I finished the draft for The Sacrificed just over a year ago. Since then, it’s been revised, restructured, revised and revised some more. I don’t want to rush this. I don’t see the point in haste.
So, here is the start. The first couple of pages. Maybe I will release it in the coming months. Maybe not for another year or two. I don’t know. It’s been a long time since I felt so comfortable letting something sit and wait. I guess I’m getting old.
Pri sat against a wall of rock and clay, the room a narrow rectangle, wooden joists and floorboards above exposed. If she stood tall, her head would hit the ceiling. If she stretched out her legs, her toes could reach the opposite wall. She could see nothing aside from a dull point of light, too meagre a source to illuminate any details. Her bare feet pressed against the dirt floor, moist from a trickling stream that dribbled down the opposite wall. Her right ankle and wrist still throbbed; she massaged her arm while leaving one leg outstretched. Hasan’s words were still clear in her memory, his voice assured, steady, blinding her with a flashlight mere inches from her face. If she yelled, he would cut her throat. If she tried to run, he would cut her throat. She called for Jaz with a whisper and the next moment the cool pinch of a metal blade pressed against her neck. At the time there was no deliberating the possibility that this might have been a butter knife. A piece of scrap metal. At the time, she did what he said. He then pushed her, told her to walk, reminded her to stay silent while keeping a tight grip around her arm. She was barefoot, without her coat or belongings, and remembered climbing slick steps, the frigid rain falling into her hair and shoulders as if she’d been forced into a cold shower. She did not want to whimper; she did not want Hasan to view her as meek. She recalled a perverse emotional numbness—her heart raced, her hands quivered, but she walked, she breathed, listening for other footsteps. This is happening, she thought to herself, not daring to say a word out loud. This is happening. It felt like they walked for more than twenty minutes through the Jungle, her toes stubbing uneven rocks in the roads, her heels pressing onto plastic wrappers, cables. Wafts of sewage drifted through the lingering, acrid exhaust from generators. Hasan didn’t speak and his grip never relented. He directed her with jostling tugs and she figured that he expected her to shriek. But somehow it was easy to remain calm, or at least remain quiet. He then told her to take a step and thrust her thorough a doorway. She felt plywood beneath her feet, then a rug or carpet. He let go of her arm and told her she was going to fall. Her wrist struck the opening as she tumbled, her ankle twisting upon impact. He then closed the door above her and locked it shut. She struggled to untie the blindfold—the knots multiple, tight and wet. And when she removed it, she was here, in the dark, in the mud, alone.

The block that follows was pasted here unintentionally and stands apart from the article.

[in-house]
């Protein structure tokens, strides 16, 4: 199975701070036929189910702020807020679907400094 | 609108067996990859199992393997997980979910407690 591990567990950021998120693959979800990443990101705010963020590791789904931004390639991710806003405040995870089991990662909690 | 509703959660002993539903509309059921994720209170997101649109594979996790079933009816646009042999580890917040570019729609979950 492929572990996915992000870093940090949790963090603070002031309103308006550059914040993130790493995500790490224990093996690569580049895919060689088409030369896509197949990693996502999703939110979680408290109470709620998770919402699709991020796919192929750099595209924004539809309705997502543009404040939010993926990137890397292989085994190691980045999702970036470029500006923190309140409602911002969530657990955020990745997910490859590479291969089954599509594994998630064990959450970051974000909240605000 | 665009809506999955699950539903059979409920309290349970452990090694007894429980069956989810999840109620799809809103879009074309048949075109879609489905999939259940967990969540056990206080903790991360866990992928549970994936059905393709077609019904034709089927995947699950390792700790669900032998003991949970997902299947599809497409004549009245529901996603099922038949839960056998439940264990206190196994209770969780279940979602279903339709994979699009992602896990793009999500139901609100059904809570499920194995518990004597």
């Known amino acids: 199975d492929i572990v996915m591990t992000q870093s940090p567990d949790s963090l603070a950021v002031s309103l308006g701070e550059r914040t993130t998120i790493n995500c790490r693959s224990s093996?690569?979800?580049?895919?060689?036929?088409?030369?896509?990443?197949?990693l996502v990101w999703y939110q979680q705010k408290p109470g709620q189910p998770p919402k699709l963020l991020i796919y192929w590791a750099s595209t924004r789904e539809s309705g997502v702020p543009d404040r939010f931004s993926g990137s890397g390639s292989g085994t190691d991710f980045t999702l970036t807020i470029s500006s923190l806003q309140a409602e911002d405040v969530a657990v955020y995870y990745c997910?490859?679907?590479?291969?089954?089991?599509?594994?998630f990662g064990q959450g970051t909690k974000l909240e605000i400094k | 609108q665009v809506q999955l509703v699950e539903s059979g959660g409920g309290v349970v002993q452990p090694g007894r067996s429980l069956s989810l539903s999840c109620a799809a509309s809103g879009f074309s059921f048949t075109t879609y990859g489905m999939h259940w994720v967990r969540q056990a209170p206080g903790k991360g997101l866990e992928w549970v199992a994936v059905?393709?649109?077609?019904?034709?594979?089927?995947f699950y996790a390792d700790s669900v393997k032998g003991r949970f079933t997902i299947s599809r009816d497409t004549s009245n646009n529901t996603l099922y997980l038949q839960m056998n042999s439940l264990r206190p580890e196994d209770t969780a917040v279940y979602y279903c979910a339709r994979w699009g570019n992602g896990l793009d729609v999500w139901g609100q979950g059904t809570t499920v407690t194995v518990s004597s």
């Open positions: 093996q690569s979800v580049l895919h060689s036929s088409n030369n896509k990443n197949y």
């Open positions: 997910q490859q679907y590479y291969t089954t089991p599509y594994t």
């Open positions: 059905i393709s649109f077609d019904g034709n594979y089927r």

Since then, there had been no contact with anyone. There were footsteps above, muffled voices of men, but the trap door remained shut. All she had were the clothes on her body, still wet from her forced march through the rain, and a single blanket that she wrapped around her shoulders and thighs, the material synthetic and coarse, stinking of smoke. She assumed that someone would come down to speak with her, demand a ransom, something. Hasan kidnapped Pri in the middle of the night and now appeared content to let her remain indefinitely. Her bottle of Stasi was still in her bag. Hasan must have taken her belongings. The medication had no value to anyone else. As soon as she had a chance, she would plead for her bag, or just her medication.
Pri stood, keeping her weight on one leg, hunched over and running her fingers along the underside of the floorboards, sheets of plywood, a few small squares, mostly long rectangles. She felt the grain of the wood, some with splinters like baby hairs against her skin, others flush, perhaps coated in paint. The corner of one floorboard was soft, the wood rotten, she could scrape away fibers with her fingernails. Four joists spanned the length of the ceiling, each a different thickness. Even when hunched over, she had to mind these beams to avoid scraping her forehead. She felt the square seam of the trap door, the tips of nails clustered in pairs to secure the hinges on the other side. She brushed her fingers along the perimeter of the ceiling, where floorboards rested atop dirt, dry to the touch except for a section through which rainwater dribbled, the surrounding wall moist. A hole no wider than her index finger let through a muted circle of daylight. She could pry apart the dirt around it, pebbles clattering to the ground, rainwater clinging down into her armpit.
Someone entered the structure above, footsteps thumping along the floorboards. At least two people walked, both shuffling steps, ambling, perhaps pacing. Pri tried to follow their locations, her hands up against the ceiling, felt it sink into her fingertips as someone plodded above. She couldn’t hear any voices. One set then strode towards the trap door and Pri scuttled back against one corner, expecting it to open, pulling the blanket up around her folded knees.
The footsteps ceased. She had no reason to remain in the corner, but she had no reason to stand up. She kept the blanket around her, watched the dot of light across the room, and then closed her eyes.